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The Search for ‘New Media Models’

Here’s an interesting link to a talk given by Alan Rusbridger, the editor of the Guardian in the UK.  It offers a glimpse of how he, and the Guardian, see the emerging media environment. The tone that he strikes is interesting insofar as it is not one saturated with the ‘journalism in crisis’ trope, but rather the opportunities that exist as established models are forced to adapt to fast paced and relentless changes.

Rusbridger demonstrates an openness and understanding of media trends that appears well ahead of his counterparts in NA media.  He also fleshes out some of the potentials of a ‘collaborative model’ of journalism between the traditional media and new developments in social media, from WikiLeaks to Twitter. In this regard, he points to how the Guardian now casts itself not just as a newspaper publisher, but also a platform for OPC (other people’s content).

Finally, Rusbridger offer his thoughts on the way ahead not by throwing history and serious thinkers from the past overboard, but by embracing them. He discusses the continued threats of media concentration, highlights the undeniable dependence of most media on some form of subsidy, whether advertising, allocations for public broadcasters, wealthy patrons, etc. by drawing on Walter Lippmann’s 1922 classic, Public Opinion and waxes about the relationship between Raymond William’s observations from 1958 on communication and culture and conditions today.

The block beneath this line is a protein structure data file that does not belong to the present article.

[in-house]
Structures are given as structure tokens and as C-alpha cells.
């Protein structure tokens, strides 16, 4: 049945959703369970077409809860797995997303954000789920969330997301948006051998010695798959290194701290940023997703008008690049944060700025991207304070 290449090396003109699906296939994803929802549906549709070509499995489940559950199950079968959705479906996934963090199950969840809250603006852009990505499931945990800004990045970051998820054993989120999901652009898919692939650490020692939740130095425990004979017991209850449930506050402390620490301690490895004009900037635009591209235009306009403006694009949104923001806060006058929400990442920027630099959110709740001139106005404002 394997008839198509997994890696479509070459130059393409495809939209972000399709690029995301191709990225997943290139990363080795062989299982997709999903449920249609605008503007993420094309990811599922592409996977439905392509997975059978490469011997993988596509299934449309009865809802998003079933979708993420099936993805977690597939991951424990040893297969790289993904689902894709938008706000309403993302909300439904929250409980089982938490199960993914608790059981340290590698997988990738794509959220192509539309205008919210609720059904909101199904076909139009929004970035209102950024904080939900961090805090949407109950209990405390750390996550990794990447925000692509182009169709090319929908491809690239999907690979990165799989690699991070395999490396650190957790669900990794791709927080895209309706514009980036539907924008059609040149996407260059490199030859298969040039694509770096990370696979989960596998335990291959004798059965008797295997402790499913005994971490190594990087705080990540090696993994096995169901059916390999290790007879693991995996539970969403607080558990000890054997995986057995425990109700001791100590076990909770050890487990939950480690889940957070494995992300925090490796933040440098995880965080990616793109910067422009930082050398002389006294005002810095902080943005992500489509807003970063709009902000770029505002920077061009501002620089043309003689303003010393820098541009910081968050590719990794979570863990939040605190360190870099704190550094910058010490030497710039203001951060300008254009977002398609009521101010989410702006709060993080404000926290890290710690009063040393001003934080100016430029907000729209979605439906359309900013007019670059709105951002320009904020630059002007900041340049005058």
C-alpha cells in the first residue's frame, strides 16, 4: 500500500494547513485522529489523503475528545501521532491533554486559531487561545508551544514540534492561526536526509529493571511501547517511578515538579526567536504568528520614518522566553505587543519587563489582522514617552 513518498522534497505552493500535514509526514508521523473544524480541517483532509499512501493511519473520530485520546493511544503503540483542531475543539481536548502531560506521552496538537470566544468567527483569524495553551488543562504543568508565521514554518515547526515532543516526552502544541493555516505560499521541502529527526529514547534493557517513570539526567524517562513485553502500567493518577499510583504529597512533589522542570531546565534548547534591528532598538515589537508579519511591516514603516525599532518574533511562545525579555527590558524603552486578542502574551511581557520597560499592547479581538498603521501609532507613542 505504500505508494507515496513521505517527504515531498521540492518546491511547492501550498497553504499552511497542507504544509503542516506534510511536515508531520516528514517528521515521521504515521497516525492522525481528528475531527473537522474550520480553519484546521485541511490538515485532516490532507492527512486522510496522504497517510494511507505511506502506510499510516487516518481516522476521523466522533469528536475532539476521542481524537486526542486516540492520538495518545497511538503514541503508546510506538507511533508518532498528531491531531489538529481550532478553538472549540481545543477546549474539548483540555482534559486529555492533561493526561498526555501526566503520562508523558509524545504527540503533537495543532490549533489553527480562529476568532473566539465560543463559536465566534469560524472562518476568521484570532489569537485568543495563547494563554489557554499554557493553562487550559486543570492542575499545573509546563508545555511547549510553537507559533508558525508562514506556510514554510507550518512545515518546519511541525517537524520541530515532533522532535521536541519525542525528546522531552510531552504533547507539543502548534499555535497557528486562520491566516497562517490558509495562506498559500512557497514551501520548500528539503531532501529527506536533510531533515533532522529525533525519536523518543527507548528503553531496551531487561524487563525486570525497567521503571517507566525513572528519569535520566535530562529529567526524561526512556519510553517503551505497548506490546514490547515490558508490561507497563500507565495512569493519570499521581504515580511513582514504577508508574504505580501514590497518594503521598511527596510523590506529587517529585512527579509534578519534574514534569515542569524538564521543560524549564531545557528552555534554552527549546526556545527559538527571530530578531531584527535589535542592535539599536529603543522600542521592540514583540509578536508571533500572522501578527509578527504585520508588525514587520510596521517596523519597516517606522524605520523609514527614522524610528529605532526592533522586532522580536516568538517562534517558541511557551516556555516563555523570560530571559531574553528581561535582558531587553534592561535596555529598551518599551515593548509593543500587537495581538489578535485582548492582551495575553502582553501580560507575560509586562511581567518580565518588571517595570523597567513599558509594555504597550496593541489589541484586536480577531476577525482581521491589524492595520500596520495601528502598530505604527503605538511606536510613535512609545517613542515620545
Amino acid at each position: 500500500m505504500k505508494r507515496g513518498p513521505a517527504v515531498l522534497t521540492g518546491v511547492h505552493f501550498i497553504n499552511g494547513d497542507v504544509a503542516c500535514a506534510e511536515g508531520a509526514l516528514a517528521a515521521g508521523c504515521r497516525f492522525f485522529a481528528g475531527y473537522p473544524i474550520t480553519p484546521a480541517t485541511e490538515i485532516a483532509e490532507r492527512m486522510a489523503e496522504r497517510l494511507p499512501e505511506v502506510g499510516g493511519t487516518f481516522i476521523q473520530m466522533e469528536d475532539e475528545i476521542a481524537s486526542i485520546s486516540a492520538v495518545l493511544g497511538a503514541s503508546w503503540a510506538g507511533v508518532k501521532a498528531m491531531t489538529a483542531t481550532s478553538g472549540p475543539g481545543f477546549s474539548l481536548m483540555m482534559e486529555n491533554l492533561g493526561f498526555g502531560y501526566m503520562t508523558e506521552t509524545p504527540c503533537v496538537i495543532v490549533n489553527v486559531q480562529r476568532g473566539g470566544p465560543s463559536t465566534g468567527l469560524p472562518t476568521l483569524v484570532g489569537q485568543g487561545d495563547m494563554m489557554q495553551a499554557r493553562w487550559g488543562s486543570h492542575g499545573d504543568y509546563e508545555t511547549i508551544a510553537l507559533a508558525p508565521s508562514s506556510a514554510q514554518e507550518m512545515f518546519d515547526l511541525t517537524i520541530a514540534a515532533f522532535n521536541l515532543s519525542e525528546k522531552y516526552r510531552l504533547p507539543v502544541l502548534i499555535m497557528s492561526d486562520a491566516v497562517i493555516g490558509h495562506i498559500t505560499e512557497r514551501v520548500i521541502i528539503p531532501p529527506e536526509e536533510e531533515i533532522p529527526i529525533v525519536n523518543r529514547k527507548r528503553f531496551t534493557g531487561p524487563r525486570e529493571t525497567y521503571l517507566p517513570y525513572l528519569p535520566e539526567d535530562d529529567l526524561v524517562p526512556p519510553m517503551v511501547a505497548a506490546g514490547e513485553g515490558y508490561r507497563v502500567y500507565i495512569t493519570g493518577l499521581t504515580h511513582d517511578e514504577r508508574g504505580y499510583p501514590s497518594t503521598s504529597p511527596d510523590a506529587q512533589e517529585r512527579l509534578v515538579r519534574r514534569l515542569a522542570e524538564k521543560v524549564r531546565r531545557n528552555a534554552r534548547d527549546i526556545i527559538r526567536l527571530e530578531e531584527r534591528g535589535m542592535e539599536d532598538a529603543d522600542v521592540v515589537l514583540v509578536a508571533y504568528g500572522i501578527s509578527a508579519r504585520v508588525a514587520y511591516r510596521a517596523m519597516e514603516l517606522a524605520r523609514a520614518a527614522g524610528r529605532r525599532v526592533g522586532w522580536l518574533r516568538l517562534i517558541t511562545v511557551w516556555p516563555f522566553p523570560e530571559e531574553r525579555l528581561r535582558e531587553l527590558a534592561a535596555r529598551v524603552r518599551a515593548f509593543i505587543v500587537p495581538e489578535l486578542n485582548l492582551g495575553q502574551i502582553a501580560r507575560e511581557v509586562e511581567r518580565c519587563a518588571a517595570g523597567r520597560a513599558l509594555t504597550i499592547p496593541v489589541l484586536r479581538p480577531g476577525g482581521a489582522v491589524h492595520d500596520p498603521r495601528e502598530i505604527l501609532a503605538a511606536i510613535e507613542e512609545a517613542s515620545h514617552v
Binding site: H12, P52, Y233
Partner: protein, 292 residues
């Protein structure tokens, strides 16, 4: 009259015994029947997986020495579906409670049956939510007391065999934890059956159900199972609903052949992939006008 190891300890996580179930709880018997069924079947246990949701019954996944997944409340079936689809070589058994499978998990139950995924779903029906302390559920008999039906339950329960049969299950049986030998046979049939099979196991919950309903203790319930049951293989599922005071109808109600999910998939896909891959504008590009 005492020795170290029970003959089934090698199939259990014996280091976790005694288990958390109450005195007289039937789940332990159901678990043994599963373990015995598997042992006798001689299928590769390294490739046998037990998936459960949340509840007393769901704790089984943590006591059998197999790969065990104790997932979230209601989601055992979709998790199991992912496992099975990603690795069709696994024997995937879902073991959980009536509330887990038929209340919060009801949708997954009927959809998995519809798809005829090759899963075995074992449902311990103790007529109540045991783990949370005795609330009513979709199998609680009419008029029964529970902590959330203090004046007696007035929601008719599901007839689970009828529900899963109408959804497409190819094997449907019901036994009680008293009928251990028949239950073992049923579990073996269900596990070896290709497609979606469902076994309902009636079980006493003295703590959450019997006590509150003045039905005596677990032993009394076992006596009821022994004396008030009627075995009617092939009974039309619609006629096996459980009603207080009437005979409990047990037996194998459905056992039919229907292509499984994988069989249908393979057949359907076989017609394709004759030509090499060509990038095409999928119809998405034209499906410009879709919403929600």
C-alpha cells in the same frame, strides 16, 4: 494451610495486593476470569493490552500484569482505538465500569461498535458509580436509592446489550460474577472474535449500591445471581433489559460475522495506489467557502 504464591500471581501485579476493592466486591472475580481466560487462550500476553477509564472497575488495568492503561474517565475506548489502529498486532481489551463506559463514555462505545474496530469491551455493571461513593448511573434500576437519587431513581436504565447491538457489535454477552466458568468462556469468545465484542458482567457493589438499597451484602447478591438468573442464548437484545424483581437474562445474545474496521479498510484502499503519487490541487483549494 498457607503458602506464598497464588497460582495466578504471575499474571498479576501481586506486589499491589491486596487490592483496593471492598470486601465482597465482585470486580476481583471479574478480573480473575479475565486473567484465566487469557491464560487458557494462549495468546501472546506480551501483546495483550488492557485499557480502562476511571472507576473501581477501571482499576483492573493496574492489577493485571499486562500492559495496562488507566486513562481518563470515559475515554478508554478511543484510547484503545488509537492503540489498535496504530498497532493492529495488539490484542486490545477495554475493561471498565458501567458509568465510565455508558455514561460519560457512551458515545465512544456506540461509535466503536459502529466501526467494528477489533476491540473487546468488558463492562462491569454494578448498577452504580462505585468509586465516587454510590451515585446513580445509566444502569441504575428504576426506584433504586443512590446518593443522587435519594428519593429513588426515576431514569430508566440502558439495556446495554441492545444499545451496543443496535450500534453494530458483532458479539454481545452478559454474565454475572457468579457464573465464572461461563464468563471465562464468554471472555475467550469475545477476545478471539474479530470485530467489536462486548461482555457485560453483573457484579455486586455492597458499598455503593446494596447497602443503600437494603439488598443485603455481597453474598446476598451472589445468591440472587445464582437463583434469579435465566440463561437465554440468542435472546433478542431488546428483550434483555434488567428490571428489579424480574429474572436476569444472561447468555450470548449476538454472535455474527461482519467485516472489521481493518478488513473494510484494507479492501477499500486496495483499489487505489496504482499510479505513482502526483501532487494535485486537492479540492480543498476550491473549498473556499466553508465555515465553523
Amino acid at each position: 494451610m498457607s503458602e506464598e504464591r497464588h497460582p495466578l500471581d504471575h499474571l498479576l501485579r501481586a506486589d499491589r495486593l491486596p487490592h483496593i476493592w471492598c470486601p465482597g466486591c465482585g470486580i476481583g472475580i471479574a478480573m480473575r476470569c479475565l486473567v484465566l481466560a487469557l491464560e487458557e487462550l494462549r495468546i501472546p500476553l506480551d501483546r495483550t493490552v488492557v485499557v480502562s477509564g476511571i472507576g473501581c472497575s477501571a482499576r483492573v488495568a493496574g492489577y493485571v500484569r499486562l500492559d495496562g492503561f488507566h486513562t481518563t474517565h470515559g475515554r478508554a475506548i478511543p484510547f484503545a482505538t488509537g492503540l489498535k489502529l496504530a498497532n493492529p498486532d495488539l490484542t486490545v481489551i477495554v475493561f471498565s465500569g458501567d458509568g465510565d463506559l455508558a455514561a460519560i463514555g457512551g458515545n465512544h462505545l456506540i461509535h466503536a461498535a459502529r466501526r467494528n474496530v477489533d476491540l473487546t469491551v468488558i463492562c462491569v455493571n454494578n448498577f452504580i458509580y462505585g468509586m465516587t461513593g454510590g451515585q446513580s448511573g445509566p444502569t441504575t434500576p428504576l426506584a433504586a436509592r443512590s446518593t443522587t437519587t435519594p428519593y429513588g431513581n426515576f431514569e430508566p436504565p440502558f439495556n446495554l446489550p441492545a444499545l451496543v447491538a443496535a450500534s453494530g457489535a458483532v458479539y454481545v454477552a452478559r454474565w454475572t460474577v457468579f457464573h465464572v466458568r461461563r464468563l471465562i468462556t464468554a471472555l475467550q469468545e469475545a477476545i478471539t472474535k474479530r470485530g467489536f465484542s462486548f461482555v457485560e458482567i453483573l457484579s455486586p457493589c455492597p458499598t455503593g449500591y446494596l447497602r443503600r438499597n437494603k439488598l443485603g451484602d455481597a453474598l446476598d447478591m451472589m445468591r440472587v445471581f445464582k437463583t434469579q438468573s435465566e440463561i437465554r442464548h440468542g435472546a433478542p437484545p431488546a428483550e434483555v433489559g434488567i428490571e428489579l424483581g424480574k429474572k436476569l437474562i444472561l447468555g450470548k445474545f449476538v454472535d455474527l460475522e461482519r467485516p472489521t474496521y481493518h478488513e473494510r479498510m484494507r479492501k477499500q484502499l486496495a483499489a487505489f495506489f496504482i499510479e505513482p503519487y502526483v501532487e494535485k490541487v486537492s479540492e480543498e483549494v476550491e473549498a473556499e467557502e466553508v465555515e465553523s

In other words, media ownership and concentration, how stuff is paid for, and the relation of each to bigger questions about the kind of societies and cultures we currently live in, and those that we might imagine, are all given a serious nod.

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